There are bullies, usually men, who will stand in the parlor of a funeral home and speak in loud whispers that excuse everything. Adultery. Greed. Pettiness. Betrayal. Death. My brother TW Wolff is a bully who delivers babies; has for a decade now. He travels the hills, in all weather, and on horseback—he owns a car but says he gets places with a horse that cars can’t go. TW sees himself like that: a knight-errant hero hoisting himself into the saddle.

Heroes can be scary, too. When my brother looks in my direction, I lower my eyes from habit. He wears a vested suit, dark blue. The chain of his pocket watch and the fob fall against the blue as strands of gold not unlike the hair of Mother when she was young, and mine when I was a child. My brother’s hair is freshly cut. Bleached strings of cigarette smoke rise from the fingers of his hand. He looks back at Quiller. They lean in to what is being said by the circle of whisperers they’re part of by the gaudy horseshoe-spray of white flowers I suppose are mums.

Lipstick reds creep across the oriental rug in the parlor where I sit beside my older sister America. I call her Sissy or Sis. Our parents called her Merkie—America if she had faltered in some way. She’s broad-shouldered for a woman, my sister, and there is a tough patience to her even with her father in a coffin on a bier in the front of a room of flowers and standing men.

Merkie had been entrusted with my son after I was taken away to the sanitarium. Today, she has decided to leave him at the house with relatives from Whitesburg, saying that he’ll learn soon enough about death and dying. No one asked for my opinion, which is pretty normal.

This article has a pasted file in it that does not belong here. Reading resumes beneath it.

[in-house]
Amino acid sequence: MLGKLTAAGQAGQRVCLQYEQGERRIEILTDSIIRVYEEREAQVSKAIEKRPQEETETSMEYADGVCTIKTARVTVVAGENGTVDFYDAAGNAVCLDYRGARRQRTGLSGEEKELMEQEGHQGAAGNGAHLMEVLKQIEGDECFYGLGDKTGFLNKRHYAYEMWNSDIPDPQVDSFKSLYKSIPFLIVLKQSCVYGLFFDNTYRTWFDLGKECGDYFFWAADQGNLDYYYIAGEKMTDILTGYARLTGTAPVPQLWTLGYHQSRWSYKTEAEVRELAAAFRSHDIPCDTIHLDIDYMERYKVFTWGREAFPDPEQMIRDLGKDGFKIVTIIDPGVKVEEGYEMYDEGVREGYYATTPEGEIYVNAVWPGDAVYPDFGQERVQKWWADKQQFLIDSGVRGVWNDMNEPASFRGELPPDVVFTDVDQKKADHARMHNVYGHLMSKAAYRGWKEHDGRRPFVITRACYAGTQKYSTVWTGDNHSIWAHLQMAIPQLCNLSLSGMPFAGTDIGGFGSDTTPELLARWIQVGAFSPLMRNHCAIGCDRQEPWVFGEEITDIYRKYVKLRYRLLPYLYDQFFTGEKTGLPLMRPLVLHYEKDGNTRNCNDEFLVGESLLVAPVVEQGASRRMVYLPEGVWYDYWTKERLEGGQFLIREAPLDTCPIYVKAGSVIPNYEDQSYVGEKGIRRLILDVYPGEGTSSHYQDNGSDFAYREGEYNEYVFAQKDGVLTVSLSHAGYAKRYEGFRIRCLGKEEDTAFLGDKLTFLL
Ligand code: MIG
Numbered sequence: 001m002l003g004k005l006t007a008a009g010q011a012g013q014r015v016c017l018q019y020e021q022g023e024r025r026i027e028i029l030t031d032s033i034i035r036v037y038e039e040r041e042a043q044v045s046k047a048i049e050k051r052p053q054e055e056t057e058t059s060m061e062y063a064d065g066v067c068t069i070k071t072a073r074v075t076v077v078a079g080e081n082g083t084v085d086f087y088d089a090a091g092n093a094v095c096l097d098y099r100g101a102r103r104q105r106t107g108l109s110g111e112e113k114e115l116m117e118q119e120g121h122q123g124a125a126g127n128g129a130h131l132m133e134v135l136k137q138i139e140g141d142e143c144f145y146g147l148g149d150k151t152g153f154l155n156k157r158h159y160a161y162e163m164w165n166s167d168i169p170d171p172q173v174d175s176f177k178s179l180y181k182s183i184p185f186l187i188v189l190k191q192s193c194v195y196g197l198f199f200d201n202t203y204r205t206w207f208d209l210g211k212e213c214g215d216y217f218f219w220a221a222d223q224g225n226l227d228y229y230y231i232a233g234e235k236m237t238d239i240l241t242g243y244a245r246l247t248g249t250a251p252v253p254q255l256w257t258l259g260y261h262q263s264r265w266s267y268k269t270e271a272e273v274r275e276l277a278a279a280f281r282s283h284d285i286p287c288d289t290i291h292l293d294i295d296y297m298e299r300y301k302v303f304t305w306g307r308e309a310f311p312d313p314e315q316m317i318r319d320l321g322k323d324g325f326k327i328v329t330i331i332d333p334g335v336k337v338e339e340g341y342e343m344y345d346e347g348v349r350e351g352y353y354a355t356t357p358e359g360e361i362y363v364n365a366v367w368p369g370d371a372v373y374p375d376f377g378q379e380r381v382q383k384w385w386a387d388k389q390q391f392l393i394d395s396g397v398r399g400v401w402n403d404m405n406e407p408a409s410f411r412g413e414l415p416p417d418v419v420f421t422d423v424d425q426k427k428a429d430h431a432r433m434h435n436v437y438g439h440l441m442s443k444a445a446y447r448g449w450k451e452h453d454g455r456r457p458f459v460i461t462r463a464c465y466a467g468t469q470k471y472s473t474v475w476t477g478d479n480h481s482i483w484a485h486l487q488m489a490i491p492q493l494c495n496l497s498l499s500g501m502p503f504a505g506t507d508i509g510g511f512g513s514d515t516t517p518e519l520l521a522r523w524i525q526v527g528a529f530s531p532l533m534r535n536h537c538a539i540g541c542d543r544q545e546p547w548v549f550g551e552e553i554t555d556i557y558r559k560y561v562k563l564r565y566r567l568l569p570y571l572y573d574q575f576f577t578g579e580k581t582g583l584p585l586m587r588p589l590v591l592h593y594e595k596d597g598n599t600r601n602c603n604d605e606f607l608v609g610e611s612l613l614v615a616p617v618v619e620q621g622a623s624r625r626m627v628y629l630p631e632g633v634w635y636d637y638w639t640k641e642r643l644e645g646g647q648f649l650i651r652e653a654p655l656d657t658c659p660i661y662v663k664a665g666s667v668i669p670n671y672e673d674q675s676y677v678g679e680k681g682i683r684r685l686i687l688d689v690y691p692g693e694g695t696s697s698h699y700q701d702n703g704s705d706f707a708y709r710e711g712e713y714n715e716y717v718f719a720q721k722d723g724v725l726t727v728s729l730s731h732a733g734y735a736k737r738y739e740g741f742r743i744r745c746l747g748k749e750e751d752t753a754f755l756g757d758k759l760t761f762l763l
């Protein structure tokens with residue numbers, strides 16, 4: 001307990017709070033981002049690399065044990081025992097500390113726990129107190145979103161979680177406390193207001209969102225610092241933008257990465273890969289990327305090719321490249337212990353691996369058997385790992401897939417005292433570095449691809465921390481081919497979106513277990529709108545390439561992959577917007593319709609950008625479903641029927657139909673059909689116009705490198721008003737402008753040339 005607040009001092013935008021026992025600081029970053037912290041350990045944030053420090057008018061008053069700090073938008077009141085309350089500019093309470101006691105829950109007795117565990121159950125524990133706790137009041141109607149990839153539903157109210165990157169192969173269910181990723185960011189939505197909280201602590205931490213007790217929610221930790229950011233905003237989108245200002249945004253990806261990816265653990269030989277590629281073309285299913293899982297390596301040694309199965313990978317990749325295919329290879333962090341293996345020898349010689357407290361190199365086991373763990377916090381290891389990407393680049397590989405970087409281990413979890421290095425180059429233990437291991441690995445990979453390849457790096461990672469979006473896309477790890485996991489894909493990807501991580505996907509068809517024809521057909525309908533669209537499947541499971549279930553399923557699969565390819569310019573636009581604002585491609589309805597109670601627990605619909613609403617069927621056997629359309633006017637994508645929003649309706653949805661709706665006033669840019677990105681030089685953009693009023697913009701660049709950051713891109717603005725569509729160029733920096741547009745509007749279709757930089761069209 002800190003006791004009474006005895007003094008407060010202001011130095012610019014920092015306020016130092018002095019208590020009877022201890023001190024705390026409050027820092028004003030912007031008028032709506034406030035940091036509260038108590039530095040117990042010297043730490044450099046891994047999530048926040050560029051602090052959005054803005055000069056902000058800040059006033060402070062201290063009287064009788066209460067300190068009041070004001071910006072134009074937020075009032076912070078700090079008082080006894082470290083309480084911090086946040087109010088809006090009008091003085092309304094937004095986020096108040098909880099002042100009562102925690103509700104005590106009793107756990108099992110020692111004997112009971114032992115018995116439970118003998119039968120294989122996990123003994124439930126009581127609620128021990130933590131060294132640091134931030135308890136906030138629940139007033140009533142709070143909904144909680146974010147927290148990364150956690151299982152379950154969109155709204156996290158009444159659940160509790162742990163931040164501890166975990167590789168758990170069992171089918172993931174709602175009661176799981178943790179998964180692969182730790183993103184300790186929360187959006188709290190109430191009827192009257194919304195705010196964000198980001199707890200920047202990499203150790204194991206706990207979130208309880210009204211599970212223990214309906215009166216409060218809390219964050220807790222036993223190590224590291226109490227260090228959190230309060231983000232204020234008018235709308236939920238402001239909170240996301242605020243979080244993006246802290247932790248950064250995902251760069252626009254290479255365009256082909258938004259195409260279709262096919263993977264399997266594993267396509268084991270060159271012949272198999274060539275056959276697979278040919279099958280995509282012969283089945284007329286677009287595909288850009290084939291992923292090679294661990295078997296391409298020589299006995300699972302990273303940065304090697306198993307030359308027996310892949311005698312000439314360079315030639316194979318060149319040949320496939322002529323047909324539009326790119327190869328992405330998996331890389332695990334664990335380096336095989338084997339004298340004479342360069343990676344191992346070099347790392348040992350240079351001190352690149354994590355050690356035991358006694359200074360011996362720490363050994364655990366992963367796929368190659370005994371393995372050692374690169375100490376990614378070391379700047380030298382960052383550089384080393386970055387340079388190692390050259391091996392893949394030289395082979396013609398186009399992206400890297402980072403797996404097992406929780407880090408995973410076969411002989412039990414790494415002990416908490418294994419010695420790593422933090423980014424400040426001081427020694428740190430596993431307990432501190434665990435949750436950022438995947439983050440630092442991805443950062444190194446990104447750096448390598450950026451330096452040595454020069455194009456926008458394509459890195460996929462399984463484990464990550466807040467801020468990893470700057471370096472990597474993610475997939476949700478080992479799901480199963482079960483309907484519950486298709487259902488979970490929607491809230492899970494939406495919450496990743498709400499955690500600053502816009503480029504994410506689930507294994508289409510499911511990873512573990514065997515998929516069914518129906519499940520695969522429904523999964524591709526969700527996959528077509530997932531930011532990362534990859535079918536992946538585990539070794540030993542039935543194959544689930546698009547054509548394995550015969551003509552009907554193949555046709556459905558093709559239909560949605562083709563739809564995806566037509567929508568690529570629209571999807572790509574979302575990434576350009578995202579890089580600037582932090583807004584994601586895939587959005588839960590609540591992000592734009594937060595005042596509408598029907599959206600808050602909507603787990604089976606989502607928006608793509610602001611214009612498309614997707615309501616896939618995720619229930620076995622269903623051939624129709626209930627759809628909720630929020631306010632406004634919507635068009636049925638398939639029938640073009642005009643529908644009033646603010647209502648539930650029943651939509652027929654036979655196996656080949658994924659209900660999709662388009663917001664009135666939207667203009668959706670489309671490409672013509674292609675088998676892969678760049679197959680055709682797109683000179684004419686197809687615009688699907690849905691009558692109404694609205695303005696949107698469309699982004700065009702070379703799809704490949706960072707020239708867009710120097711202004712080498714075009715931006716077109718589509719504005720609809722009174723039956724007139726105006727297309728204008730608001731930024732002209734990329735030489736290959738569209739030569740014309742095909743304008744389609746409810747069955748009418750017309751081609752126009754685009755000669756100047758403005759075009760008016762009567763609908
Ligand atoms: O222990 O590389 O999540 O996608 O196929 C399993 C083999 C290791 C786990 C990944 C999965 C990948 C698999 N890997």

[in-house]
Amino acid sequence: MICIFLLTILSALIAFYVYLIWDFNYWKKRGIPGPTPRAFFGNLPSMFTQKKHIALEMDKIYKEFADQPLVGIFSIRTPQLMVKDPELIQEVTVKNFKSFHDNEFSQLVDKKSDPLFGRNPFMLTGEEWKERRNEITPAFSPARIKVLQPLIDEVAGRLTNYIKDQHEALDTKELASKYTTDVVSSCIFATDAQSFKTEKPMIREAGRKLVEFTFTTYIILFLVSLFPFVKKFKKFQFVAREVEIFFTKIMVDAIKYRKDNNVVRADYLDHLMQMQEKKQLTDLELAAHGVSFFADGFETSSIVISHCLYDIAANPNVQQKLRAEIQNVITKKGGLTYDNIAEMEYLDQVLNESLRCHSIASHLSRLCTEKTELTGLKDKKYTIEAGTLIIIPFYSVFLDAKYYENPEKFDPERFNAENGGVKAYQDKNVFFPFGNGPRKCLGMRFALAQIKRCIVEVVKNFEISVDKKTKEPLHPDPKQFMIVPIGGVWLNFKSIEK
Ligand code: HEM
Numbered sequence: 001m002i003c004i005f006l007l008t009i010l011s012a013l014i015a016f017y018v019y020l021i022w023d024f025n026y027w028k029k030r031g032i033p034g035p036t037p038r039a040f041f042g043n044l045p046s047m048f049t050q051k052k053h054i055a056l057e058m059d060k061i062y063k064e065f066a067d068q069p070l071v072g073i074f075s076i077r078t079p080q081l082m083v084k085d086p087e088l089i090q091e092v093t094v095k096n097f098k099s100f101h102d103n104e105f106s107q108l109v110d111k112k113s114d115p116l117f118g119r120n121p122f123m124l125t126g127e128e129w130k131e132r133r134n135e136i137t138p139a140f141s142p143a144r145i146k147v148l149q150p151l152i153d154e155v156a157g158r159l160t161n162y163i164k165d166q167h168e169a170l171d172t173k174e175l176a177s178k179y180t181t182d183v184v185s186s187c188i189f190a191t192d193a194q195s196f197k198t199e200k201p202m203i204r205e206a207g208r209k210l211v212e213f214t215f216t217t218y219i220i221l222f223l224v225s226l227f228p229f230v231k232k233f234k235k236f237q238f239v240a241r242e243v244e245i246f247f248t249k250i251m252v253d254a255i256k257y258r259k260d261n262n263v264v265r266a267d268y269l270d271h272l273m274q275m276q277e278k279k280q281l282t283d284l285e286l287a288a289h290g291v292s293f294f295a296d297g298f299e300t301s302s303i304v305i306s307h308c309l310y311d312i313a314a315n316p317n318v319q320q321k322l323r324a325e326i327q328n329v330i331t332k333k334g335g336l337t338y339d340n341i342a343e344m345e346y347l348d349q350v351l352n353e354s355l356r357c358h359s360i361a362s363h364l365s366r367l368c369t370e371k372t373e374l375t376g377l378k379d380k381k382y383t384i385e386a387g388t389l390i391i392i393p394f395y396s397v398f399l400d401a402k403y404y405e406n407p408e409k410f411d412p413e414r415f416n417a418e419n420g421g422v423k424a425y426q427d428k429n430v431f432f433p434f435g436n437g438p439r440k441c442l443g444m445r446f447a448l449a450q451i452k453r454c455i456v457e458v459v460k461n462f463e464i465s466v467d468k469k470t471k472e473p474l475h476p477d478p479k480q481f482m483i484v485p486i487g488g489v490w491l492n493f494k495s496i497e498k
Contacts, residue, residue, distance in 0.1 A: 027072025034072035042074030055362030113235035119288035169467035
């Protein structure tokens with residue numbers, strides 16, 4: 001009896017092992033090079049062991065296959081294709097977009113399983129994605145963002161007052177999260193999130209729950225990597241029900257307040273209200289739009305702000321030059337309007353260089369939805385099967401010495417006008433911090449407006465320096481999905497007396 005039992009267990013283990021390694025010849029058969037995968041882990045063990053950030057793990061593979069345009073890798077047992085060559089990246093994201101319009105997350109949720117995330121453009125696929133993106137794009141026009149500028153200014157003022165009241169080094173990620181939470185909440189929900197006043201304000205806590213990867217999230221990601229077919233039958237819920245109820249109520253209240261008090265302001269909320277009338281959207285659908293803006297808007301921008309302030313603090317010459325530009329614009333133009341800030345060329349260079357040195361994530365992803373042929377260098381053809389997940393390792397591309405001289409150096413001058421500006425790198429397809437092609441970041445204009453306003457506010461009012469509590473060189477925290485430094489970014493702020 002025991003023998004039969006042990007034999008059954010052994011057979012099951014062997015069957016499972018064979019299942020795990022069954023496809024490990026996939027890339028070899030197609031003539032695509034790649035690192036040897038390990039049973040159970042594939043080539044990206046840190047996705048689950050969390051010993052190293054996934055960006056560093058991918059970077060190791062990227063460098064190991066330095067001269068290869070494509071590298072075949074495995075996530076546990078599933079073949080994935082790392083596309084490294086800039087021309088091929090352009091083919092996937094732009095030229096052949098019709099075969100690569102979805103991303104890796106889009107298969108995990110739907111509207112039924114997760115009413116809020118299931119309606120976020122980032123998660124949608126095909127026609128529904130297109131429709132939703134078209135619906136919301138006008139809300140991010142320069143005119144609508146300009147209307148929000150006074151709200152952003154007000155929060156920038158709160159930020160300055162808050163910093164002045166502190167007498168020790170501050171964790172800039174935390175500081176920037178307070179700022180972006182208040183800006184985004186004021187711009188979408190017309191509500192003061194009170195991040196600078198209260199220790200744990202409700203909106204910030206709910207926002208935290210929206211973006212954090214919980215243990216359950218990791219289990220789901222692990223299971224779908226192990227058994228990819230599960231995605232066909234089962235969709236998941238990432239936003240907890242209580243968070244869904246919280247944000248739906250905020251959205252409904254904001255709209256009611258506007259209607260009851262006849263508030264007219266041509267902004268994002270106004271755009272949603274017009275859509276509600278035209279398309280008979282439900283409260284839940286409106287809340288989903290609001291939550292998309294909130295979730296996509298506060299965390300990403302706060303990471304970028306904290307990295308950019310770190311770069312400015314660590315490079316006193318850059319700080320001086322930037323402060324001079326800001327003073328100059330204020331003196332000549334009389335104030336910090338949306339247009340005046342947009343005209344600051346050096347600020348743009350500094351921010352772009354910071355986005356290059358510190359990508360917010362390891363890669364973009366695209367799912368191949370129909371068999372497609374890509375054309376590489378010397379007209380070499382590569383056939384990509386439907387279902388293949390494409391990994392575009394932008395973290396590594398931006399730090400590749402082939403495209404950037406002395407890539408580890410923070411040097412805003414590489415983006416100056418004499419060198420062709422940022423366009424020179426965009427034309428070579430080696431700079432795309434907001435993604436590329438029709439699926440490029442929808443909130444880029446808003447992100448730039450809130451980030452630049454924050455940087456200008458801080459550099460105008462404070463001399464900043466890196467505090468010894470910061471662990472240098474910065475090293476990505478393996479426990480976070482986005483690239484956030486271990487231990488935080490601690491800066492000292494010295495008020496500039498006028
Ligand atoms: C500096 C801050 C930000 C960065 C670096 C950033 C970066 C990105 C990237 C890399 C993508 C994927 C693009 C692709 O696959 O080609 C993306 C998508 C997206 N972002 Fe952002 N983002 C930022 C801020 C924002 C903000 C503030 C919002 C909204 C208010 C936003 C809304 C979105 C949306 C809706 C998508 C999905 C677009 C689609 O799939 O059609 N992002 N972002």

The unreal man in the closed casket at the front of the room is my father too, but what I think and feel are beside the point since I’m on furlough from Eastern State for being crazy, or what TW gets to say is crazy. Three years is a long time to be gone from home, put away for something that might have gotten you thrown in jail for a year (if that) if you’d simply been born a man. A pissed-off woman scares people, it turns out. Scared people are dangerous people.

Our father burned to death in a field fire—I imagine he was cutting brush, working alone—but the details hadn’t been passed my way. I had never called Daddy anything but Daddy. I knew he doted on TW, what parent wouldn’t? But my brother called Daddy awful things behind his back. Mostly a sonofabitch—one quick word like a stake through the heart. He made no effort to meet Daddy even part of the way toward peace or to shoulder some portion of the guilt he asked our father to drag around after the death of our mother who insisted on carrying her last risky pregnancy to term when she had been told not to.

I don’t want to despair. And thoughts of my brother TW are little paths to despair.

I struggle again to retrieve the picture of my son Charlie at the Neon. It’s hard to do, but I’ve learned after hours of practice sitting alone. I may have always been suited to solitude to some degree, to flights of fancy and imagination, but what sparked my ability to conjure up the sounds of a creek or of a crow settling on a branch, was Daddy putting me in a closet and locking the door when he found out that I was pregnant by a married man.

The name of the game is: don’t look at anyone and try to decipher the meanings of words. Go for tone of voice and fill in your own meanings. I call it “sad-proofing.” Really, it’s an exercise in controlling the world’s ability to confuse or control. If the object of the exercise is to keep me from reacting to the cruelty around me, then I’m getting better. I’m “gaining skill,” as the doctor at Eastern State would call it. He would have two good-sized orderlies tie me to a chair, not tightly but secure, and then raise the chair over their heads and walk like litter bearers. He’d walk along to one side and rattle off questions like What are you thinking? What are you seeing? and ask that I close my eyes and picture a river in summertime and focus all my “reactive energy” on holding that scene in the mind.